Enterprises need to come up with a communication strategy and make sure their users know it, and work only within it. This is more than just, “should we use Slack and Teams etc,” but a well thought out and consistent way that users should approach how they communicate about a topic, how they share and collaborate on assets related to it, and actions only taken if communicated via the right channels.  

Champions are needed to set up and moderate groups/channels.  Projects need to be run in for-purpose solutions rather than excel, with users commenting directly on tickets. Asset sharing should be done via these solutions, with ideally secure repositories for the long-term storage of the materials. I know, for a few organizations this may not be rocket science, but many others still live in a world where anything goes, accepting the costs and risks associated with that. 

Getting communication strategy right has a multitude of benefits. Enterprises can be far more insightful about the decisions they made at the time, as the information is all in one place.  The whole body of information can be more easily found, which can in turn more accurately shape forward strategy. Time wasted working out the, “I was sent that but I don’t remember where,” can be largely eliminated. Delays in users picking up messages and responding are reduced.  Users, groups and teams can be kept in the loop far more easily, by communication being filtered at source. 

Then there are the range of AI/ML solutions that can augment communication from in-call prompts to workflow triggers. Don’t get me wrong, some teams within organizations do this now, but rarely (I would argue) across an enterprise and beyond. While benefits are broad, risk reduction stands head and shoulders above the rest as an area of significant benefit, and one boards recognize it is worth investing in. 

To return to this premise – if users know how to communicate, and particularly where the bulk of such comms are on administrated internal systems, then the opportunities for phishing, link bait and social engineering attacks become far more difficult. The email from the CEO asking you to send an apple gift card is already almost comical, but what if all abnormal communication looked that jarring?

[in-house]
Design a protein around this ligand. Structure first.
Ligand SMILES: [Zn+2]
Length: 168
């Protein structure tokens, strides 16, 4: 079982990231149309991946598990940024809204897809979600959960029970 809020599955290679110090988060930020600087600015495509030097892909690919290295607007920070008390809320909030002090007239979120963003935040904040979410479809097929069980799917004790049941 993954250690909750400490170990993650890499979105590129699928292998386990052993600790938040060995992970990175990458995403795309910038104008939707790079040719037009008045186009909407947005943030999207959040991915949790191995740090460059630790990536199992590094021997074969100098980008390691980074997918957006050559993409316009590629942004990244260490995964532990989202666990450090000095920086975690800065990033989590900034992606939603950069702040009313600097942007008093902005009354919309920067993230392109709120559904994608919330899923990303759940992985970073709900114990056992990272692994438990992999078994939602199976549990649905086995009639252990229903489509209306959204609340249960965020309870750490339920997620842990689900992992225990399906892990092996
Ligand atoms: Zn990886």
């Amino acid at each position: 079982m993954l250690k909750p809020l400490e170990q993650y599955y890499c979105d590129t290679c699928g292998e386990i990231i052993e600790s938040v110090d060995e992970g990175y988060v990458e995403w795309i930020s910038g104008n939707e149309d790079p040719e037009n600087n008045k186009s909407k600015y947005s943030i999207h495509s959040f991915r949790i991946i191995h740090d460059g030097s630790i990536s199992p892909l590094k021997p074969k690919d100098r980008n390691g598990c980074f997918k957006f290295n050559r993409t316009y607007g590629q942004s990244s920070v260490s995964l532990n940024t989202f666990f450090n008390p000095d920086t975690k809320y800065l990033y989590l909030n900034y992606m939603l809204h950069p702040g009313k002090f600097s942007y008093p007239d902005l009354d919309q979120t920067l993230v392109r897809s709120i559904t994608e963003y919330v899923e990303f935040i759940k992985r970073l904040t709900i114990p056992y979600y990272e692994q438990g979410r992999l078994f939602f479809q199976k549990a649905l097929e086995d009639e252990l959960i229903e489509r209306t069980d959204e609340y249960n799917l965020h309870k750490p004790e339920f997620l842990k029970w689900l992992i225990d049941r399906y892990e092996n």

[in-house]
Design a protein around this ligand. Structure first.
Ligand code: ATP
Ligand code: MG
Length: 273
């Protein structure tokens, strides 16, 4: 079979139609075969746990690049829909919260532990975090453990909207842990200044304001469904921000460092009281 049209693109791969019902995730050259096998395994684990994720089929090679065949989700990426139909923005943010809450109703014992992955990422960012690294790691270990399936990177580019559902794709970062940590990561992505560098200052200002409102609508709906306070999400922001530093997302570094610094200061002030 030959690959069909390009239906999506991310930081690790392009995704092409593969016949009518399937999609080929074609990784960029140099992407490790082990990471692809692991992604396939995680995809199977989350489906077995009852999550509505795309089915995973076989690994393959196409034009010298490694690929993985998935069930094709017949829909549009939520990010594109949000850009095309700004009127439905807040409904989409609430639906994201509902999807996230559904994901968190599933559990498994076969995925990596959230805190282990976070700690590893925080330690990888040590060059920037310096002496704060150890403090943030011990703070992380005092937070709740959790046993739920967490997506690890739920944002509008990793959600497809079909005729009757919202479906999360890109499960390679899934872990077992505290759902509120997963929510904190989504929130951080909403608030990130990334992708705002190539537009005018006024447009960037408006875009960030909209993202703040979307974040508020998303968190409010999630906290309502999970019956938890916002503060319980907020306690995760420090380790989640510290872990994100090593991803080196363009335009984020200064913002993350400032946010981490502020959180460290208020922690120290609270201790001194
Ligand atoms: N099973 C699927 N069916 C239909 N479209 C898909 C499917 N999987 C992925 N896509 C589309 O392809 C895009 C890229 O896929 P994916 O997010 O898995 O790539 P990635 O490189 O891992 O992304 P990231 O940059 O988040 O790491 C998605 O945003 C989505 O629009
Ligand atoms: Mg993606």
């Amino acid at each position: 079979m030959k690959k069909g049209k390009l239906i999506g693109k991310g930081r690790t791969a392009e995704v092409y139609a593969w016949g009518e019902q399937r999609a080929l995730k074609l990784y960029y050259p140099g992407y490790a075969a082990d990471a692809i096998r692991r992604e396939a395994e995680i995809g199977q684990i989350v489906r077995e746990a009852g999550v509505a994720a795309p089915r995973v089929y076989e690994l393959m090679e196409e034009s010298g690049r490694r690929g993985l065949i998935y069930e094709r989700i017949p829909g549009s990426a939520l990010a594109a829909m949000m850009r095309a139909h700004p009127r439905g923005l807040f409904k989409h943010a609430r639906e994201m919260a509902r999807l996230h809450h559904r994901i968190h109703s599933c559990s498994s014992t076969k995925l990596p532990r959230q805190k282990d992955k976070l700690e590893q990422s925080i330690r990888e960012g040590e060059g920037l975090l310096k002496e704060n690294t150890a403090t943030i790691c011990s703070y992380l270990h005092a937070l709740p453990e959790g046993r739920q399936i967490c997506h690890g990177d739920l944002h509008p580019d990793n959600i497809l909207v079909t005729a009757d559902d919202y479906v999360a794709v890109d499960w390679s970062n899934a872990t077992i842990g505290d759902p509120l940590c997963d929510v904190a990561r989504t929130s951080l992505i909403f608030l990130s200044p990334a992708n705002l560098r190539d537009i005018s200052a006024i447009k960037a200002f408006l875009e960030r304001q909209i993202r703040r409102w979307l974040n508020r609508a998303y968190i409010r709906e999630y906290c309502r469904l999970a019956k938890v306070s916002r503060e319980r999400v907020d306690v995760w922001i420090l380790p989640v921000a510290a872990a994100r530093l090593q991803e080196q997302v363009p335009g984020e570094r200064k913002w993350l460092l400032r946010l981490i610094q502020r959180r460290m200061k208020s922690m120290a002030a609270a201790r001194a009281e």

That is not to say that there are not serious implications to designing a secure communication system in how systems connect to each other, privileges to see communication threads and so forth, but at least they are in principle controllable systems, which can send potential breach events to Security Incident and Event Management (SIEM) solutions.

Zooming back a little, a myriad of culture items that might be improved by helping understand both positive and negative communication behaviors, and working with users and teams to improve ‘effective communication’. Given the era of distributed working that we have embarked on, this can only be seen as upside. Today’s users are no longer in the room with each other having casual conversations, building rapport or understanding cultural norms of an organization. Therefore, fostering professional relationships between colleagues can be hugely impactful down the line, when dealing with urgent issues, escalations and personal situations alike.

Now more than ever organizations need to think about internal and external communication, set a strategy and do more than just encourage adoption. This means holding the line with everyone from the new intern, to the CxO member who ‘is a bit old school’.  A lofty goal, and likely a journey rather than a lightswitch event. Those that embrace the journey will no doubt gain a strategic advantage in the war for talent and the development of ‘culture’. Organizations concerned about the risks associated with email traffic, and how they might be mitigated, can start with communication strategy and gain a much broader range of benefits at the same time.  

Subscribers can read our Radar on Unified Communications as a Service here.